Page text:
Tuesday

31st Mar 2020

Europe's arms exports see sharp decline

  • France would have been the world's number three if its 'Mistral' warship deal on Russia had gone ahead (Photo: David Monniaux)

The United States and Russia are the world’s leading exporters of arms, while Europe's market share has fallen sharply, according to new data.

The Arms Transfer Database published on Monday (16 March) by the Stockholm International Peace Research Institute (Sipri), found that the US accounted for 31 percent of international arms exports between 2010 and 14, compared with 27 percent for Russia.

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Russian exports of major weapons increased by 37 percent between 2005 and 2014.

During the same period, Chinese exports of major arms increased by 143 percent, making it the third largest supplier in 2010–2014, although its global market share of 5 percent puts it way behind the US and Russia.

The flow of arms to Africa, the Americas, Asia and Oceania, and the Middle East increased significantly over the past 10 years.

Meanwhile, Europe was the only region to see a decline in the amount of weapons it imported, with imports falling by 36 percent in the first half of the current decade.

Its share of the global arms trade has also fallen sharply.

In particular, Germany’s share fell from 11 percent to 5 percent, on the back of a 43 percent decrease in exports of major weapons. France, Europe’s second largest arms exporter, saw a 27 percent decline in exports, reducing its share from 8 percent to 5 percent.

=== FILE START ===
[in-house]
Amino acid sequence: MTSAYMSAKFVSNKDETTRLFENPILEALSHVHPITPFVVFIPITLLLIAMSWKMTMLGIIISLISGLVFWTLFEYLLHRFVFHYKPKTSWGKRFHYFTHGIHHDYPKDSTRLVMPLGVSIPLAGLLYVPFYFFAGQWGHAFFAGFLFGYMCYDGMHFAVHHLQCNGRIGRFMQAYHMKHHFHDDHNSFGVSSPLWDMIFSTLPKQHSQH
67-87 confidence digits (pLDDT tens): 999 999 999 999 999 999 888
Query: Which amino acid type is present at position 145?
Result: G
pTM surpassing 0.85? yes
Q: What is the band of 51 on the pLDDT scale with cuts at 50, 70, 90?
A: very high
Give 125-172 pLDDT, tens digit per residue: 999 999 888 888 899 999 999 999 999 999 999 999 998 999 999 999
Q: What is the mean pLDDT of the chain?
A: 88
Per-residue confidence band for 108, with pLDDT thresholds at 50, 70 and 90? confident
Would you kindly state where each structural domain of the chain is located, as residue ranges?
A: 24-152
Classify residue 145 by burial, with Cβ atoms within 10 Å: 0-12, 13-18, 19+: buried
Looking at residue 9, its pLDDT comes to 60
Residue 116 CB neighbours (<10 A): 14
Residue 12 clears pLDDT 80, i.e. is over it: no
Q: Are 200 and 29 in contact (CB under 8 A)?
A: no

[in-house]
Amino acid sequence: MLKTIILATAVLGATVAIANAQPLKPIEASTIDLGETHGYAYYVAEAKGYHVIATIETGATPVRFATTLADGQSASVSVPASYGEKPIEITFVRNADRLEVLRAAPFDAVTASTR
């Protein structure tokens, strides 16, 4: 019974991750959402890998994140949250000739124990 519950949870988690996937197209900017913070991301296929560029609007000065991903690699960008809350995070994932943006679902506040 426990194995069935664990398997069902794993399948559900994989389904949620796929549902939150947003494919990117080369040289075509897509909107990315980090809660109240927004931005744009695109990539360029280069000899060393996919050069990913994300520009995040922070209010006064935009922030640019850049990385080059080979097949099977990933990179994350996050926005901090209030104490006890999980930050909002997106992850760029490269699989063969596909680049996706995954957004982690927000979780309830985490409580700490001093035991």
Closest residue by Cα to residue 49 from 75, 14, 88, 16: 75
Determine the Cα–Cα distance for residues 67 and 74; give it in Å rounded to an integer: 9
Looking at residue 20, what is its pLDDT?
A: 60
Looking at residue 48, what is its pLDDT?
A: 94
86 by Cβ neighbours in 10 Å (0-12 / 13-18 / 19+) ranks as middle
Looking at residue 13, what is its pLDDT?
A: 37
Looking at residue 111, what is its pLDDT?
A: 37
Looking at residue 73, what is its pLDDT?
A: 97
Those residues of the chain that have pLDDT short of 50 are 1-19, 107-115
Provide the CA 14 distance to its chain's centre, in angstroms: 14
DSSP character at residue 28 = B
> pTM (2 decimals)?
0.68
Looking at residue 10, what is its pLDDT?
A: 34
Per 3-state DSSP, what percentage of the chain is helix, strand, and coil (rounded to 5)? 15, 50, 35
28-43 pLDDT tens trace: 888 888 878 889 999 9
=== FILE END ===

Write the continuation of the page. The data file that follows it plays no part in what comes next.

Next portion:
However, the Sipri figures show that had a Franco-Russian deal to deliver an amphibious assault ship to Russia not been cancelled due to the latter’s involvement in the Ukraine crisis, France would have been the world’s third largest arms exporter.

Sipri believes the ongoing crisis in Ukraine may lead to an uptick in arms imports in Europe after 2014 saw several states bordering Russia increase their spending.

Overall, the five biggest exporters over the 2010–14 period were the United States, Russia, China, Germany and France, while India, Saudi Arabia, China, the United Arab Emirates (UAE) and Pakistan were the five biggest importers.

"The US has long seen arms exports as a major foreign policy and security tool, but in recent years exports are increasingly needed to help the US arms industry maintain production levels at a time of decreasing US military expenditure," said Sipri's Aude Fleurant.

Defence spending has been one of the areas to fall across Europe as governments have sought to reduce their budget deficits.

Last week Samantha Power, the US ambassador to the United Nations, called on European governments to spend more, warning that a “dangerous gulf” is opening up between the US and EU.

But Estonia is projected to be the only EU country to meet the 2 percent of GDP threshold that every Nato nation has pledged to spend on the military.

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